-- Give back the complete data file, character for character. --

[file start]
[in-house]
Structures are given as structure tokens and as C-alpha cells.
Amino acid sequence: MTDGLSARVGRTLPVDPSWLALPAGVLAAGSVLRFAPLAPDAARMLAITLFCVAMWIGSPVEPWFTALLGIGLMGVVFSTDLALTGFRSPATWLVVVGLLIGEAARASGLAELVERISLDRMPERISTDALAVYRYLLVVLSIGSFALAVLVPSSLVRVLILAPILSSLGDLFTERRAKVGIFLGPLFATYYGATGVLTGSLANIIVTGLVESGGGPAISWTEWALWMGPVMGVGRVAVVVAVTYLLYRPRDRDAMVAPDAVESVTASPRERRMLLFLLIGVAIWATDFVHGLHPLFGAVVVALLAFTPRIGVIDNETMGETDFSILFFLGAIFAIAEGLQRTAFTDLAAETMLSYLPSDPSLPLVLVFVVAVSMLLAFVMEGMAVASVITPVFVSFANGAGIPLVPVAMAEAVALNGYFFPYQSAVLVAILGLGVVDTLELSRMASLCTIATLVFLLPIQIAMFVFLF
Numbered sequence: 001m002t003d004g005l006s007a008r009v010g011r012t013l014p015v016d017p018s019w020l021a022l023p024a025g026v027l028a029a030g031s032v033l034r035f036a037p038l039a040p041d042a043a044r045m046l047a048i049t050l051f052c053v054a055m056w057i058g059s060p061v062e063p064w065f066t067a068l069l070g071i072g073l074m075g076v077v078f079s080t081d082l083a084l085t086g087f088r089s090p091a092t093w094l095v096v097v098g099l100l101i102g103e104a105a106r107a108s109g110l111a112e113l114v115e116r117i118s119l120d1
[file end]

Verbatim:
[in-house]
Structures are given as structure tokens and as C-alpha cells.
Amino acid sequence: MTDGLSARVGRTLPVDPSWLALPAGVLAAGSVLRFAPLAPDAARMLAITLFCVAMWIGSPVEPWFTALLGIGLMGVVFSTDLALTGFRSPATWLVVVGLLIGEAARASGLAELVERISLDRMPERISTDALAVYRYLLVVLSIGSFALAVLVPSSLVRVLILAPILSSLGDLFTERRAKVGIFLGPLFATYYGATGVLTGSLANIIVTGLVESGGGPAISWTEWALWMGPVMGVGRVAVVVAVTYLLYRPRDRDAMVAPDAVESVTASPRERRMLLFLLIGVAIWATDFVHGLHPLFGAVVVALLAFTPRIGVIDNETMGETDFSILFFLGAIFAIAEGLQRTAFTDLAAETMLSYLPSDPSLPLVLVFVVAVSMLLAFVMEGMAVASVITPVFVSFANGAGIPLVPVAMAEAVALNGYFFPYQSAVLVAILGLGVVDTLELSRMASLCTIATLVFLLPIQIAMFVFLF
Numbered sequence: 001m002t003d004g005l006s007a008r009v010g011r012t013l014p015v016d017p018s019w020l021a022l023p024a025g026v027l028a029a030g031s032v033l034r035f036a037p038l039a040p041d042a043a044r045m046l047a048i049t050l051f052c053v054a055m056w057i058g059s060p061v062e063p064w065f066t067a068l069l070g071i072g073l074m075g076v077v078f079s080t081d082l083a084l085t086g087f088r089s090p091a092t093w094l095v096v097v098g099l100l101i102g103e104a105a106r107a108s109g110l111a112e113l114v115e116r117i118s119l120d1